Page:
The church in the present age often seems about growth, growth and more growth. That is understandable to sustain building, staff, programs and other infrastructure. But that is not what the local church is about. The result can be a local church where people are there by alone. And the bigger the church, the bigger the issue. The solution given is small groups. My point is that they are not the solution and they are definitely not a reflection of the early church. The local church as a mega institution does not reflect the church of the Bible.

The church assembly is not present in Bible as scalable. Once it gets beyond a couple of hundred members there is no possibility for biblical  church fellowship and a Christian family relationship among the members and adherents. Splitting into small groups just yields a fragmented set of groups.

I would propose that the church should always divide once it has reached the point where members can know most other members, and where the care of the membership requires a staff infrastructure. Saying that small groups make it possible to provide the early church environment while having many hundreds or thousand of members is simply untrue even if it supports the organization.


Regulative Principles

A couple of verses that we have discussed before to start…

“And they were continually devoting themselves to the apostles’ teaching and to fellowship, to the breaking of bread and to prayer.” Acts 2:42.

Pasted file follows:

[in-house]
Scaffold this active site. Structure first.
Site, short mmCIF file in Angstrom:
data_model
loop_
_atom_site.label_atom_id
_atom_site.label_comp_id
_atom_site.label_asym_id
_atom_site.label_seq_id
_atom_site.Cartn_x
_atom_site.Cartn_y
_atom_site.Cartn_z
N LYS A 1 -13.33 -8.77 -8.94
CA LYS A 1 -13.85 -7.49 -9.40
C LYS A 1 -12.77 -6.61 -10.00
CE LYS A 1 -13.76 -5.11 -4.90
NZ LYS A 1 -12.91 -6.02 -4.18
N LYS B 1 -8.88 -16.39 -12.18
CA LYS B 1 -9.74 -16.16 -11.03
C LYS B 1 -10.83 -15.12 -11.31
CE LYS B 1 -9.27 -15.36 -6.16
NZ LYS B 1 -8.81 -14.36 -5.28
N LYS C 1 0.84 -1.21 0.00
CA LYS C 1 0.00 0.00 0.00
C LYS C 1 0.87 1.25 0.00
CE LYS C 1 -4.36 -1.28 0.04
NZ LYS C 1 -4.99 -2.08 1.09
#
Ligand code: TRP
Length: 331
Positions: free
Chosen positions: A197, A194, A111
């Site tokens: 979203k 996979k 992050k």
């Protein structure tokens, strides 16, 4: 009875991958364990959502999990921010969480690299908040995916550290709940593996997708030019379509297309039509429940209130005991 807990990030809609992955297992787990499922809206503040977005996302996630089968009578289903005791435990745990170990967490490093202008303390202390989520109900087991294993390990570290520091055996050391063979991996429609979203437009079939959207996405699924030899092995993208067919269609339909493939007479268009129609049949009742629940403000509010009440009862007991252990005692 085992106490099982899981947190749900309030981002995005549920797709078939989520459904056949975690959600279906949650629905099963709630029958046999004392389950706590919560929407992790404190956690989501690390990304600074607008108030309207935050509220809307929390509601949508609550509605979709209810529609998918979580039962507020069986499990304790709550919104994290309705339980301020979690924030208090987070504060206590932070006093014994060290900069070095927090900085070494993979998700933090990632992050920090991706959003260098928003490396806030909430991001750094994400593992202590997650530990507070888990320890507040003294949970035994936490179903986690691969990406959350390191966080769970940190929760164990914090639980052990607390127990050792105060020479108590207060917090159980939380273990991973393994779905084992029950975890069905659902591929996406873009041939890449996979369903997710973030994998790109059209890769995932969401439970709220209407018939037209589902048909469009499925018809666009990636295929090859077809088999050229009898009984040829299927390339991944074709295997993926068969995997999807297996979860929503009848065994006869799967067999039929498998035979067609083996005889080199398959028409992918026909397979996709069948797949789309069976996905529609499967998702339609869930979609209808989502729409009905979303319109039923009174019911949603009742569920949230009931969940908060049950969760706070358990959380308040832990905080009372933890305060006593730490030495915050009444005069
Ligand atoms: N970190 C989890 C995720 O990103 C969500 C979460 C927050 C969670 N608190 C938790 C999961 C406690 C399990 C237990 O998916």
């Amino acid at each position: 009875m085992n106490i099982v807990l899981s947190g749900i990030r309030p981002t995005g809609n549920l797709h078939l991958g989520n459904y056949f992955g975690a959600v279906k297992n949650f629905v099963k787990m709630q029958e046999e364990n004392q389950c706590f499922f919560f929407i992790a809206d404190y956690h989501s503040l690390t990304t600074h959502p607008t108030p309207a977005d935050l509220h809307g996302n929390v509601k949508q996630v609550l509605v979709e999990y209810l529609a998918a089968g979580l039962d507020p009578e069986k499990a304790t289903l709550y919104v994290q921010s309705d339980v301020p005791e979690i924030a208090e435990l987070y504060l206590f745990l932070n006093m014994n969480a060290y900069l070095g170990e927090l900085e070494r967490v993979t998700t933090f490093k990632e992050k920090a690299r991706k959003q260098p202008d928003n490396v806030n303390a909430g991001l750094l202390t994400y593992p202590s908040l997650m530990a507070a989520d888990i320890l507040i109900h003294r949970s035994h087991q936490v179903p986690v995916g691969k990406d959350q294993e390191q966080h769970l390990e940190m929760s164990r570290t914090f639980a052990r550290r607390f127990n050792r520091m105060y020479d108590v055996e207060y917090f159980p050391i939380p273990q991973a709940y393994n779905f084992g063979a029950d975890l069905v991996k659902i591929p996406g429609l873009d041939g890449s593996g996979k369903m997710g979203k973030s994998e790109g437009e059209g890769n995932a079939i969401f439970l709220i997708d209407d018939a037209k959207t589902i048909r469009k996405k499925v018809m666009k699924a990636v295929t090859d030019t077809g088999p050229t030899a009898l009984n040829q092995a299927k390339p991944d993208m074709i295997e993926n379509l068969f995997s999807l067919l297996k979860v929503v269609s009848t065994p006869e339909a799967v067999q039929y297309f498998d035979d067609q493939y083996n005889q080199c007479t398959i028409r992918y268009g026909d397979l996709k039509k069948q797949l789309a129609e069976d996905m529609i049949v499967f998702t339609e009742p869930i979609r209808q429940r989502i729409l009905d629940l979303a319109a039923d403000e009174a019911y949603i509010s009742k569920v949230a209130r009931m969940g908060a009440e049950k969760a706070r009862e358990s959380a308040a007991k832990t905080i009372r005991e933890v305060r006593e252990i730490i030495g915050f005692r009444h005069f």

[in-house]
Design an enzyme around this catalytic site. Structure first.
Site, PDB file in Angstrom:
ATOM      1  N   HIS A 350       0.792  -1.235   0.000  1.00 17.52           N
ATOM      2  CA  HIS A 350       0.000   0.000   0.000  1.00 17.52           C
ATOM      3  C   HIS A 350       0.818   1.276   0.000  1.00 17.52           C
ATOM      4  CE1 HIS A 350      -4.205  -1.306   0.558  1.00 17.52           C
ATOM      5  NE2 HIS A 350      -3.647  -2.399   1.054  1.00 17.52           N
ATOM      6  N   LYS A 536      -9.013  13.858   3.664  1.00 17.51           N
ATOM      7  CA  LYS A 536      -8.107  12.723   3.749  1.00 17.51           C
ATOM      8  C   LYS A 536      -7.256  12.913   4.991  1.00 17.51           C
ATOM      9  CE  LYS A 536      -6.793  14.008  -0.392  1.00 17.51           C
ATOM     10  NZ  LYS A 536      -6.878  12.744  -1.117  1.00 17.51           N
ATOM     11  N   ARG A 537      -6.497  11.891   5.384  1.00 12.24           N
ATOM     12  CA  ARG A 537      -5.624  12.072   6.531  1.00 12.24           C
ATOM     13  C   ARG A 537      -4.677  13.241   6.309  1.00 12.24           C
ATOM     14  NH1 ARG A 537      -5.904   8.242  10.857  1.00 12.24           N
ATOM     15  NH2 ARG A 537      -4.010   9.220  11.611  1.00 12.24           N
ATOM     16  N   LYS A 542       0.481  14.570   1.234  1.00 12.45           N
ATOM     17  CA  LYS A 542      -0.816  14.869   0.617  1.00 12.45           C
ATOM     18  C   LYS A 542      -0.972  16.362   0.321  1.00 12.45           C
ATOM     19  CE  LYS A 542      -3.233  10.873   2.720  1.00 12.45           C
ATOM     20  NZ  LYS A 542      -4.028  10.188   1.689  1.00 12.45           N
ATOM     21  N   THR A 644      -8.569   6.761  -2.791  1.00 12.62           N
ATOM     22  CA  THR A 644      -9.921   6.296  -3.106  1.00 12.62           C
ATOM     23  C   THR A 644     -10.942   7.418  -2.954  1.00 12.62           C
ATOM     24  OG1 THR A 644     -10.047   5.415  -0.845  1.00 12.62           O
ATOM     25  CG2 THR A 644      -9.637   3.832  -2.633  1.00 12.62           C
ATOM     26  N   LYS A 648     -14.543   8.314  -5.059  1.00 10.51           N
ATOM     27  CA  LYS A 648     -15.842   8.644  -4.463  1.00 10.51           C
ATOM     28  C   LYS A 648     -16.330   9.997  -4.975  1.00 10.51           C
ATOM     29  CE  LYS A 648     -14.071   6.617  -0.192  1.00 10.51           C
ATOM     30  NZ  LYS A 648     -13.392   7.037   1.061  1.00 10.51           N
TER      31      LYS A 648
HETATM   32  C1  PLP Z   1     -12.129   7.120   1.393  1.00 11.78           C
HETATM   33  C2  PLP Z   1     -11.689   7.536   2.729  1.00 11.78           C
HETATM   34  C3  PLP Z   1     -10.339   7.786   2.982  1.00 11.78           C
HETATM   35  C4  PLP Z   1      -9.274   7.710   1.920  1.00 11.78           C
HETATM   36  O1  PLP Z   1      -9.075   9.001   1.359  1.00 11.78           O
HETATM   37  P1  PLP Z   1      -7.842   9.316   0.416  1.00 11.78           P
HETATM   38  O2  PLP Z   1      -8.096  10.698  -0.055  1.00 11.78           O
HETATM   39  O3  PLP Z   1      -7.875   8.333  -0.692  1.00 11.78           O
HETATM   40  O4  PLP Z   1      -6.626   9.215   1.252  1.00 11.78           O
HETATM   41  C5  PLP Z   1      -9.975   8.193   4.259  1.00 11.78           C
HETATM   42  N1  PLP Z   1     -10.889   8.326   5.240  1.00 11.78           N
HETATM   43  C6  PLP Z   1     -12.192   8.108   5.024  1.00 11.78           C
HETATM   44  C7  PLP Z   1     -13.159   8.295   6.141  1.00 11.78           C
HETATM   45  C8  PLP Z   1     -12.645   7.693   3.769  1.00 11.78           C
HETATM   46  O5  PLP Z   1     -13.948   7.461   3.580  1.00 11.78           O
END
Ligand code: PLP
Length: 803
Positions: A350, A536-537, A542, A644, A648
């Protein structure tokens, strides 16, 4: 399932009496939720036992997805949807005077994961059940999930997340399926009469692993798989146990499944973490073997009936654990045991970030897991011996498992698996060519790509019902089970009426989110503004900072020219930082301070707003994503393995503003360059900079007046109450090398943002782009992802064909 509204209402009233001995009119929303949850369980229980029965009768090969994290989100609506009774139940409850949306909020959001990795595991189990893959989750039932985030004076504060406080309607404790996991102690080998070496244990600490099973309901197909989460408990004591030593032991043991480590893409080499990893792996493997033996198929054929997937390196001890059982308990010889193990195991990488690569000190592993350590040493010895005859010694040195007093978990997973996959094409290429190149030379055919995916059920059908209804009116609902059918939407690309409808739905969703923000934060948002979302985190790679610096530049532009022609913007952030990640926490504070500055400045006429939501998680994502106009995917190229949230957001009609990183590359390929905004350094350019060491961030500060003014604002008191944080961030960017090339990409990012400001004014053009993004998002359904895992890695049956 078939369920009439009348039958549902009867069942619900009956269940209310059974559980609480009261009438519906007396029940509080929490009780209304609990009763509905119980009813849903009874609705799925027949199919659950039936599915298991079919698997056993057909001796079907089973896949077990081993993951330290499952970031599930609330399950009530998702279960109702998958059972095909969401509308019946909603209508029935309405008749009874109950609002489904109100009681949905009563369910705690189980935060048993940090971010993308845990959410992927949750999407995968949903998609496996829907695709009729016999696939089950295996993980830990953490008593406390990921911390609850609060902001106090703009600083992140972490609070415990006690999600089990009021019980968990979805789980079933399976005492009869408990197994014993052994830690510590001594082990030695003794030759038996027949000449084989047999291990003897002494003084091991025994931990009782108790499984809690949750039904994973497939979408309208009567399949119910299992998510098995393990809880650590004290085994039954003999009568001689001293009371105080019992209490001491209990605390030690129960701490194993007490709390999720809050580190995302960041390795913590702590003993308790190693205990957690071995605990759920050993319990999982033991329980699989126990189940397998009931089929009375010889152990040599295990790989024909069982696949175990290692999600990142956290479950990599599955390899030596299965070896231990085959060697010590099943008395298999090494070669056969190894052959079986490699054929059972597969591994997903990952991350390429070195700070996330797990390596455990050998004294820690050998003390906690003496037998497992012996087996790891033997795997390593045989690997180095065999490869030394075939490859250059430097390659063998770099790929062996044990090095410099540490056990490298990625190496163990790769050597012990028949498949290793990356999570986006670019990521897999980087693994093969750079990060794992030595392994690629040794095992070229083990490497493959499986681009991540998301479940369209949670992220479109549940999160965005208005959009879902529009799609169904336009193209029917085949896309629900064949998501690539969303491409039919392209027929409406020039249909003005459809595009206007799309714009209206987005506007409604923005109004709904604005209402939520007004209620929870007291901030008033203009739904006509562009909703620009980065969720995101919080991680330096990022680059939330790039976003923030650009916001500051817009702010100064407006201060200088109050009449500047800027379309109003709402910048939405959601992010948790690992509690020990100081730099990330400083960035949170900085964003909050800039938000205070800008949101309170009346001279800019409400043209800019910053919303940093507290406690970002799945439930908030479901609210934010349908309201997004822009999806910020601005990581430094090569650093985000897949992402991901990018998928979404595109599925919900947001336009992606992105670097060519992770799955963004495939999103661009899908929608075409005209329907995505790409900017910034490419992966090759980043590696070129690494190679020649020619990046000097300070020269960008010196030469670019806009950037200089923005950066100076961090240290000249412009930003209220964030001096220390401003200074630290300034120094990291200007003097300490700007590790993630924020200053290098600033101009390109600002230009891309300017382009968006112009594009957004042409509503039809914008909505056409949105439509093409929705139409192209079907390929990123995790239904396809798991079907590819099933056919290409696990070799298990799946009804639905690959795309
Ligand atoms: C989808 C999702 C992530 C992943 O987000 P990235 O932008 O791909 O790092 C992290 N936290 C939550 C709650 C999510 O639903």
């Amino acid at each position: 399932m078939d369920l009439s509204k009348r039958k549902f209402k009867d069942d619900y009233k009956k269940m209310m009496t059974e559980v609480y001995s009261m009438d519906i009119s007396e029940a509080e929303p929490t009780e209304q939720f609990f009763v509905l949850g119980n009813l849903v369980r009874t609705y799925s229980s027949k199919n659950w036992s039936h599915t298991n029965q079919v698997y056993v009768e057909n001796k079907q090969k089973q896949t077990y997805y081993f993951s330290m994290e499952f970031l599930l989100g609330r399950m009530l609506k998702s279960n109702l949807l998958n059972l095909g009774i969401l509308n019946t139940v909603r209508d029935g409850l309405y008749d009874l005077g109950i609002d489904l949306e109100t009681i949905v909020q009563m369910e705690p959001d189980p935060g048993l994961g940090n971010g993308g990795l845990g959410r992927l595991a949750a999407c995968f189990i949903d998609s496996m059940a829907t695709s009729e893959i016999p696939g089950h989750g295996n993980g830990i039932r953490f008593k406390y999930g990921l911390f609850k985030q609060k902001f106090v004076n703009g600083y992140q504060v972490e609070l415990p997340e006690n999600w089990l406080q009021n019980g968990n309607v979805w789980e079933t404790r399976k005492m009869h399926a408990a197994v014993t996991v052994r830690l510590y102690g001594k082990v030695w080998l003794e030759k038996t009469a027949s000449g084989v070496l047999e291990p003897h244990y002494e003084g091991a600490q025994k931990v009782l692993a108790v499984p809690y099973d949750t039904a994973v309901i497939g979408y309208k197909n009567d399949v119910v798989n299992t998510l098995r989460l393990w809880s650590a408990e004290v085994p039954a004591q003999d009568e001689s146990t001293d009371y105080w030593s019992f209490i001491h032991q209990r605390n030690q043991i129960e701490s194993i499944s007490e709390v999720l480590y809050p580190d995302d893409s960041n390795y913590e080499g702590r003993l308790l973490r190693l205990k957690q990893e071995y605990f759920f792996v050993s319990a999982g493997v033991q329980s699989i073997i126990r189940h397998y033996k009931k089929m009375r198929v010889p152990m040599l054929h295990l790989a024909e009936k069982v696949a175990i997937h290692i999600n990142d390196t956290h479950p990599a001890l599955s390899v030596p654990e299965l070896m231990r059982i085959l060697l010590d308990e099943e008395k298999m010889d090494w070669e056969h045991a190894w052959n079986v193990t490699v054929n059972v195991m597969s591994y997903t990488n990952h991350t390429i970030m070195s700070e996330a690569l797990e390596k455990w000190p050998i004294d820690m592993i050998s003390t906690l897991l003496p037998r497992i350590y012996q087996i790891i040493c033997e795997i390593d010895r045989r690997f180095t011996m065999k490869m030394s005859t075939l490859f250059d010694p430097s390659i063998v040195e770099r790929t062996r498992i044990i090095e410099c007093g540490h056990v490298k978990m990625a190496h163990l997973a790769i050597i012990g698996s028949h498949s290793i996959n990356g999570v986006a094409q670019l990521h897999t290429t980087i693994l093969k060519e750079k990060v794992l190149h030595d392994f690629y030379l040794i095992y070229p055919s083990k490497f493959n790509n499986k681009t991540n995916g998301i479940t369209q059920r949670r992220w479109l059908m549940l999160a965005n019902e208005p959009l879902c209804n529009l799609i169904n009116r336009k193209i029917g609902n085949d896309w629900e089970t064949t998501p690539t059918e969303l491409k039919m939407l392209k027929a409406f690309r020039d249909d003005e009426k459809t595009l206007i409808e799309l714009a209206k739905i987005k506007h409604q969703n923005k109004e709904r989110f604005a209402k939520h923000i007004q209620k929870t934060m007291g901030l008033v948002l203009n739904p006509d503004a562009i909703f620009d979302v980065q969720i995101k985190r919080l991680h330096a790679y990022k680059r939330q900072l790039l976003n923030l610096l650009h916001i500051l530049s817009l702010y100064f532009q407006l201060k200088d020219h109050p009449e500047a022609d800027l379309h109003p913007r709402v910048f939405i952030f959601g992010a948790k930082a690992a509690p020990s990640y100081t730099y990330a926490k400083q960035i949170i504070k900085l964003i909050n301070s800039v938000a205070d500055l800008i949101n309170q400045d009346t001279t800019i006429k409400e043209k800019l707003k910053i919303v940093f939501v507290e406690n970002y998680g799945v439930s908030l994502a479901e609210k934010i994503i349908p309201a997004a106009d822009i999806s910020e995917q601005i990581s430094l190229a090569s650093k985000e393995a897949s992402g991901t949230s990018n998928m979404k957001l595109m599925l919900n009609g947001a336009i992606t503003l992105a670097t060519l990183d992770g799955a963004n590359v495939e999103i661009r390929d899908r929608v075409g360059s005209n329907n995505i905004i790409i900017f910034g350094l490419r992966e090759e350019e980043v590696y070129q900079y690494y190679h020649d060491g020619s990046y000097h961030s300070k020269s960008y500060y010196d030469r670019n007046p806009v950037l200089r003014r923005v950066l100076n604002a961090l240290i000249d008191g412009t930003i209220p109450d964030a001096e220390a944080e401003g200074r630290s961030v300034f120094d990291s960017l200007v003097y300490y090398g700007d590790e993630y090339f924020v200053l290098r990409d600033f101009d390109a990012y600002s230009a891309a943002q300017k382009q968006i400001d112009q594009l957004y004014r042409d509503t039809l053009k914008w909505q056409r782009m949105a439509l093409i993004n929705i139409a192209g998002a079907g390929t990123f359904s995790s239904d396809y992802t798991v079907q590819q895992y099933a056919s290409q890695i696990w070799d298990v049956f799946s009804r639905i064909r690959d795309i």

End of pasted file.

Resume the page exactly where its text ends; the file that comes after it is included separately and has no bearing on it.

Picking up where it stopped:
Let the word of Christ richly dwell within you, with all wisdom teaching and admonishing one another with psalms and hymns and spiritual songs, singing with thankfulness in your hearts to God.” Colossians 3:16.

And there are numerous others addressing the assembling of the beloved in Christ.

The question is, are these regulative for the gathering of believers now? And what precisely are they describing?

As I stated in another post, my interest in this was initially focused by several articles in the Canons of Dordt. In those sections it is pointed out that the believer can draw great assurance from the fact that they are assured of their standing before God by the very beliefs that saved them – in Christ and Him crucified (1 Corinthians 2:2), and not necessarily in other outward signs. Further, it is pointed out that believers should continue to diligently avail themselves of the ‘Means of Grace” that were provided by the Lord in support of their justification, sanctification and assurance.

In the two verses quoted above we find a Scriptural proscription not only for the assembling of the Saints, but even more for their ongoing life in Christ. I am more and more convicted that these specifications from Scripture are both regulative in nature and exclusive in scope. Moreover, there are no alternatives specified in Scripture.

The obvious counter argument is that these were culturally based, for those times alone, and thereby can be redefined today for modern cultural norms. However, I do not see any specifics of times and culture in these verses or their context that would indicate that. In fact, the terms used are sufficiently general to define a model for life as opposed to some specific actualization of a cultural venue. As such, I reject that argument.

Next, am I implying a narrow reading of the principles that would imply a specific instrumentation (a big issue today) or style of hymnody? Not at all. Although I think that there are some restrictions implied, we are not talking about an RPW (Regulative Principle of Worship) which demands the acapella singing of KJV-only Psalms (to take an extreme but existing example). In its restrictiveness, I think that would defy the regulative principles implied here, just as much as many emergent approaches most certainly do.